Country Notes for May 2017
One of the truly exciting things about the arrival of May each year is not just the knowledge that there is the rest of spring and summer to look forward to - but also the fact that all of our visiting summer migrant birds should now be with us. The last to arrive is nearly always the swift. These amazing birds begin to arrive in the last few days of April and the first few days of May. With their long, thin wings and short bodies, these birds soar through the sky, often making a screaming sound as they do so. What is really amazing is that they will not have landed or perched anywhere since leaving their nesting sites in Britain last year! Already here at the beginning of May are the swallows, house martins and sand martins. Like the swifts they will have travelled up from Africa. The swallows have forked tails, the house martins have a white rump and the sand martins have a brown necklace. The most easily spotted of these are the house martins, welcome guests which nest under the eaves of so many of our village houses.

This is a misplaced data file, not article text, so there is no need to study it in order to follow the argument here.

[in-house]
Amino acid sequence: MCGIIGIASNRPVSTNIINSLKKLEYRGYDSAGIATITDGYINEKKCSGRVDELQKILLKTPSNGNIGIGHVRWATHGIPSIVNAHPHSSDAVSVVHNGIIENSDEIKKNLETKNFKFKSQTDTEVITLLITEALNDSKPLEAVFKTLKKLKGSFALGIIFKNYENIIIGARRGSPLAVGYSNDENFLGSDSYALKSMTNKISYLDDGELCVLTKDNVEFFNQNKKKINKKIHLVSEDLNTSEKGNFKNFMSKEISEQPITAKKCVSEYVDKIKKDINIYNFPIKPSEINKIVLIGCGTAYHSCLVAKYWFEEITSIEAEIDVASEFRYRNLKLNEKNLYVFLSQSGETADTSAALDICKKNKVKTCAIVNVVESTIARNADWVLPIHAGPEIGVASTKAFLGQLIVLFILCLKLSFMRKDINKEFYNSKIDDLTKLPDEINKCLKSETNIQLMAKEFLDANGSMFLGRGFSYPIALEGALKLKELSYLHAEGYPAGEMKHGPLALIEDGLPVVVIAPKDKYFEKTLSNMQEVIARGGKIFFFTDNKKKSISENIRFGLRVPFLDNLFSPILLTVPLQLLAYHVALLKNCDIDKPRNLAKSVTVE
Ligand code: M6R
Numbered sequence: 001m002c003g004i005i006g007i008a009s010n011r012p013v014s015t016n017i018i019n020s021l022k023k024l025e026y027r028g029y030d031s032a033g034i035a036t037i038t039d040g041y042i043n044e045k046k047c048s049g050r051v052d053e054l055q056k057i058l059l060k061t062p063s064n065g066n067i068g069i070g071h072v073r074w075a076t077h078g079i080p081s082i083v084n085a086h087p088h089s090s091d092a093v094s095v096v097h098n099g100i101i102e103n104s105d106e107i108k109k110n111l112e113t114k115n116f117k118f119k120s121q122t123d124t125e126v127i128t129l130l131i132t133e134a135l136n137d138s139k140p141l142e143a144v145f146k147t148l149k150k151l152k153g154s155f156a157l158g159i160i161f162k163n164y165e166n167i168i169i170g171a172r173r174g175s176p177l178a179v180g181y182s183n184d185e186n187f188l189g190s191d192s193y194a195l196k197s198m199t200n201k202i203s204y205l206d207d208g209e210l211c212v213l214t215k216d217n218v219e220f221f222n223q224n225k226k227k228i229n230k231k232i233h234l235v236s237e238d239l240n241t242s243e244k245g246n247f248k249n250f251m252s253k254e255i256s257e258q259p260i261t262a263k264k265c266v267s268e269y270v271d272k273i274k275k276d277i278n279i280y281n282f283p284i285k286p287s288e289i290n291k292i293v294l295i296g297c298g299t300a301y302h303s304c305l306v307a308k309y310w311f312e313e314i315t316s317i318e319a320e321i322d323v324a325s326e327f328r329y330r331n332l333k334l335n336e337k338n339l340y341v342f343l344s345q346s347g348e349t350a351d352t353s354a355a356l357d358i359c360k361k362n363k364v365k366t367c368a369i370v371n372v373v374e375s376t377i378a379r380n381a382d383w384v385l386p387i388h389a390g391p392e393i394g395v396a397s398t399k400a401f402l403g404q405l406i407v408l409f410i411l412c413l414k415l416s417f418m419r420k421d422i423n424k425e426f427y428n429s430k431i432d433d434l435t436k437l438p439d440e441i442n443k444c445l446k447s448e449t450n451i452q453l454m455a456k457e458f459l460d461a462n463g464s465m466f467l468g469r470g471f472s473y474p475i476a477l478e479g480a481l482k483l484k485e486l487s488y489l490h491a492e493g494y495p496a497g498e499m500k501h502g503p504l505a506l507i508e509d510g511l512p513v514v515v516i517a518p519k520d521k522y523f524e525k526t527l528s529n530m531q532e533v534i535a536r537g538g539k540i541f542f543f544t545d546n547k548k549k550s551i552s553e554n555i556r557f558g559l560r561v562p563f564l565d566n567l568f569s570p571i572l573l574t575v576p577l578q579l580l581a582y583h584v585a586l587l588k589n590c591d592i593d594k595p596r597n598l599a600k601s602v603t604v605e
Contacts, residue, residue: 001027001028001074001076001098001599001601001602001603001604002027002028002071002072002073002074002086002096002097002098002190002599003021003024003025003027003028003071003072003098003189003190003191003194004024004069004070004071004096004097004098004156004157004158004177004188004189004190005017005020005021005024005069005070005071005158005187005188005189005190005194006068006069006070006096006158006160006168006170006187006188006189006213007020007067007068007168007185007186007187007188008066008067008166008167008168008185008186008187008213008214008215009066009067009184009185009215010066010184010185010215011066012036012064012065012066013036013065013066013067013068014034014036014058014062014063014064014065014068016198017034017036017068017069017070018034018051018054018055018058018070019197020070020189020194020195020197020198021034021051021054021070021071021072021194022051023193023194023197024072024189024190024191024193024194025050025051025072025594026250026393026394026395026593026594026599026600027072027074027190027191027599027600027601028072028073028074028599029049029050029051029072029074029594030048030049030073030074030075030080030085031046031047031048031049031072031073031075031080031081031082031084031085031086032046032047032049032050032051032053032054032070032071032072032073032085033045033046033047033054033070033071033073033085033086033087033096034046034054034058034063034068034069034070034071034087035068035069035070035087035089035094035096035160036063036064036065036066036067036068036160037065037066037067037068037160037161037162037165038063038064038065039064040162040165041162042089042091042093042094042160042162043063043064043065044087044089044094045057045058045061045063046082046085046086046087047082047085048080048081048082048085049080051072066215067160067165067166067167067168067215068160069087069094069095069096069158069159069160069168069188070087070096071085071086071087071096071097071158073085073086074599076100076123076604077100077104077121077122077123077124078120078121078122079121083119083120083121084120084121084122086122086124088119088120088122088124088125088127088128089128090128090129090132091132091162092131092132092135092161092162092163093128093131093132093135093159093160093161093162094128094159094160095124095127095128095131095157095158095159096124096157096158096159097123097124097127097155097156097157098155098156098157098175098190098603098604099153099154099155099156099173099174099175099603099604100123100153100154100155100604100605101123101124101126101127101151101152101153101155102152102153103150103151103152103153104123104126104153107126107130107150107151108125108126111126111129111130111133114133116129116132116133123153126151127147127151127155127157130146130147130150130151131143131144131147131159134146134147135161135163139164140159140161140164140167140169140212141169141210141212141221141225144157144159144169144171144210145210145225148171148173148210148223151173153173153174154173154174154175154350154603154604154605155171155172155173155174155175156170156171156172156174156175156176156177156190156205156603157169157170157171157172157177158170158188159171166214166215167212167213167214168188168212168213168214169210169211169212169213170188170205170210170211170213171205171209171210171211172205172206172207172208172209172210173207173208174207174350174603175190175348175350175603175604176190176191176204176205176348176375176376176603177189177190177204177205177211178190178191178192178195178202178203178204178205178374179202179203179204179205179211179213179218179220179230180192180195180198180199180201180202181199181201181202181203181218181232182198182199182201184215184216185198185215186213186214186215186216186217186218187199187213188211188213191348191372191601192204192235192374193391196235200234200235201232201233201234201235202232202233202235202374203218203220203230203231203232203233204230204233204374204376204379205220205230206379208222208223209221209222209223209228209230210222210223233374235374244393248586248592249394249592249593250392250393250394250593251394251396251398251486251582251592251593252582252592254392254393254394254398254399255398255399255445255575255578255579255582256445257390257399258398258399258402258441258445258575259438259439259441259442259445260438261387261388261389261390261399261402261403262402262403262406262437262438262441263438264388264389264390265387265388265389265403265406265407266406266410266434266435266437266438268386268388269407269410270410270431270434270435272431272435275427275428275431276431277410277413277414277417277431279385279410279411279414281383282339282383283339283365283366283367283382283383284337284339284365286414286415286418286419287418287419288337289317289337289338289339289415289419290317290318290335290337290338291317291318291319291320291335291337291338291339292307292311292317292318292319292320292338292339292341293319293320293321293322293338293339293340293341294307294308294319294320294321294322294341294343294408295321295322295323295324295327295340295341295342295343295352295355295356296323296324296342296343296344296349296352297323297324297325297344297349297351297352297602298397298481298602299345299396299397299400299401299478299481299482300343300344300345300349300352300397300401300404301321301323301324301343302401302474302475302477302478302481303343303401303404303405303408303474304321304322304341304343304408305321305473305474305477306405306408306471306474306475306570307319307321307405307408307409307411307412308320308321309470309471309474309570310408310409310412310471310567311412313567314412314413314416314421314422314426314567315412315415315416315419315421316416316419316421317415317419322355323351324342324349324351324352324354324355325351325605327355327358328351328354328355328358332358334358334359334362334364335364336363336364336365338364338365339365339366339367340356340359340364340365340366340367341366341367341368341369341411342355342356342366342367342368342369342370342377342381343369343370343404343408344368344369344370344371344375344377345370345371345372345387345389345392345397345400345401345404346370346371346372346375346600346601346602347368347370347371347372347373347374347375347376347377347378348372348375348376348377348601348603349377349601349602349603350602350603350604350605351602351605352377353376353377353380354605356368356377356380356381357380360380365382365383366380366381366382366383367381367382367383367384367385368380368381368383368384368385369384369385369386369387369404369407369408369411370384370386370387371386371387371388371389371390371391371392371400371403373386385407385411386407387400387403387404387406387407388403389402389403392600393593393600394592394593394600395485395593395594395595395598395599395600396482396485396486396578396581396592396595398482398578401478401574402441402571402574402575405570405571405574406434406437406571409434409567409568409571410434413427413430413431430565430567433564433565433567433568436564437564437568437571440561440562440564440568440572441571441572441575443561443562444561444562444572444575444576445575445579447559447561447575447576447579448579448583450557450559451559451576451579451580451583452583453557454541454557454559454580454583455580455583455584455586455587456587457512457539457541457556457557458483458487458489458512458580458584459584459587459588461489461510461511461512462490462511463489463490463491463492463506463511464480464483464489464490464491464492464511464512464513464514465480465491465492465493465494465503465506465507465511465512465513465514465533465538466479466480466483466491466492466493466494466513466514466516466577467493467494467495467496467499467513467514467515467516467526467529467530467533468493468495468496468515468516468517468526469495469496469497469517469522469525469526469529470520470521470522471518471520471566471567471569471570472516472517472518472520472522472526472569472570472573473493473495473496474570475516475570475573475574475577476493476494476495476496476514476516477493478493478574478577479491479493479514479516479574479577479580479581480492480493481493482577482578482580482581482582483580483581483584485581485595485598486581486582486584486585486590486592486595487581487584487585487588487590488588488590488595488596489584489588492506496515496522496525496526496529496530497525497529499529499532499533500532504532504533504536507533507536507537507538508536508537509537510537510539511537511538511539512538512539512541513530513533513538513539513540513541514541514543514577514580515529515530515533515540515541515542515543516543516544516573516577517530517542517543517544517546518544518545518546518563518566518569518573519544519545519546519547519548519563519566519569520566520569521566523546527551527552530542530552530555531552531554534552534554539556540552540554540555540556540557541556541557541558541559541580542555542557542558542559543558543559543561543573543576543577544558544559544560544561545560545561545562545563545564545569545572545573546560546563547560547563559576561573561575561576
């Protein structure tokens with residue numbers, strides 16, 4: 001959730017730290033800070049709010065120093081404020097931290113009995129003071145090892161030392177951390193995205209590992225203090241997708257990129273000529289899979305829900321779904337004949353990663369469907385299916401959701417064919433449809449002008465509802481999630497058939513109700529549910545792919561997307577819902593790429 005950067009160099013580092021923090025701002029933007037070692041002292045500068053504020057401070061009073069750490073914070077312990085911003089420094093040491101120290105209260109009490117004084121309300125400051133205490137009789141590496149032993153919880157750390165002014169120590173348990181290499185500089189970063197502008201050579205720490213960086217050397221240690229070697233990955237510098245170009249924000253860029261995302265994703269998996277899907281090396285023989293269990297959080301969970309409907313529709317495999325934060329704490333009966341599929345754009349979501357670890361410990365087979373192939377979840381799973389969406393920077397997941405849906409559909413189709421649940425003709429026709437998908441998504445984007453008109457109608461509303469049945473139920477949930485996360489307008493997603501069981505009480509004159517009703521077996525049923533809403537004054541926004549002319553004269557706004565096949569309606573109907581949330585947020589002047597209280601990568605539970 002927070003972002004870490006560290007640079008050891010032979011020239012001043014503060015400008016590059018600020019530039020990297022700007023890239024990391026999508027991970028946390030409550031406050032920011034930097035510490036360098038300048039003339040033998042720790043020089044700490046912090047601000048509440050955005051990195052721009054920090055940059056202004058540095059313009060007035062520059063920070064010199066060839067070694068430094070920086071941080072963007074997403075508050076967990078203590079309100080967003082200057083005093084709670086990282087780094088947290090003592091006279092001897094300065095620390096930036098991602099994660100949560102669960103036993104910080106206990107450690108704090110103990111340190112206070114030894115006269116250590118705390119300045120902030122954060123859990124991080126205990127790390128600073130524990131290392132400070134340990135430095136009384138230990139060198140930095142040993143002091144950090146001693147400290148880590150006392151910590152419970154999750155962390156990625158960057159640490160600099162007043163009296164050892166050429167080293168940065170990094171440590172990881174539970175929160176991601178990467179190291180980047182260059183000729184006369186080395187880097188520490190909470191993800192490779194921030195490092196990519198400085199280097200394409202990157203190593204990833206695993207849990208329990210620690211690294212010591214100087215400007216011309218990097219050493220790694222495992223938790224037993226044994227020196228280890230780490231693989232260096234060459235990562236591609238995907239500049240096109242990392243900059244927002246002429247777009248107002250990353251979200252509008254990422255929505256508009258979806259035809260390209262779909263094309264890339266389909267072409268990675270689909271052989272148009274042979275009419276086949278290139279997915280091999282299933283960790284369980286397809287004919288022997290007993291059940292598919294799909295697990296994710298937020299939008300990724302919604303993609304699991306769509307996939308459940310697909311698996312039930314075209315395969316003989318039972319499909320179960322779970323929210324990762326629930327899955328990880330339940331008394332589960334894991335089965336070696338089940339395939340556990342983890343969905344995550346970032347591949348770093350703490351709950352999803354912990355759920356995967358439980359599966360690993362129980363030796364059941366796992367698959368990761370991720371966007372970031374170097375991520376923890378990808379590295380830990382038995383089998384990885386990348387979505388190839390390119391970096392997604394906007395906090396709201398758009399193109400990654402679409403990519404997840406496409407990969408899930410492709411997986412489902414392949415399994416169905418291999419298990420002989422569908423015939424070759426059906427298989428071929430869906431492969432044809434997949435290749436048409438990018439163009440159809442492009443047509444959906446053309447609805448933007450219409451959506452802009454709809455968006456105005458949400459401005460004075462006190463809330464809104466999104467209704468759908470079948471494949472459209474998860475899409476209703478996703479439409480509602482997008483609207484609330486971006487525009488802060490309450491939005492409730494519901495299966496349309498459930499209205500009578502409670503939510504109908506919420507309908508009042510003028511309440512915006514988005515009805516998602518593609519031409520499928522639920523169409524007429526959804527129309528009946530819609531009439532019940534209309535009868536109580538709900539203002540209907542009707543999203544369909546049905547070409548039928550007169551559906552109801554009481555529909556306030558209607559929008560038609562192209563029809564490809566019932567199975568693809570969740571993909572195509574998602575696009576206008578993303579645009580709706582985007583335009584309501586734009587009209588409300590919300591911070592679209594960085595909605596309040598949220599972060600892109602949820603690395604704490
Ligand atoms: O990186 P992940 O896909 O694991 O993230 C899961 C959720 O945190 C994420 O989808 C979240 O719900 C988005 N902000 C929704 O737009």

Other summer visitors to be found in our village include chiffchaffs, which are small, fairly unremarkable birds, which call their name incessantly from trees and bushes. Spotted flycatchers, with their speckled fronts, may be seen darting from exposed twigs and branches to catch any insects which dare to fly too close. One of the features of these birds is that they often return to the same perch over and over again after each catch! Blackcaps are also regular visitors to our village, the males with their black caps and the females sporting a similar brown cap. On the downs you may be lucky enough to see a whitethroat. These small, light brown and grey birds have, as their name suggests, a white front but are probably most easily identified by their fast, scratchy call, often delivered from scrubby bushes and hedgerows.
High above, in the skies of our village, we may, from time to time be lucky enough to see hobbys, which are summer visiting falcons. These wonderful birds of prey look similar in some ways to our native kestrel, but are much darker and dash around catching small birds and their favourite - dragonflies!
The surprising omission from this list is the cuckoo. Years ago these birds were easy to find in Hollingbourne, but are now much rarer. They may be seen and heard in some of our neighbouring villages, but it is several years since I have heard one in our village.
There are of course many other summer migrants which may be seen, but those listed above are the most likely in this corner of Kent. Enjoy your springtime bird watching - I certainly will!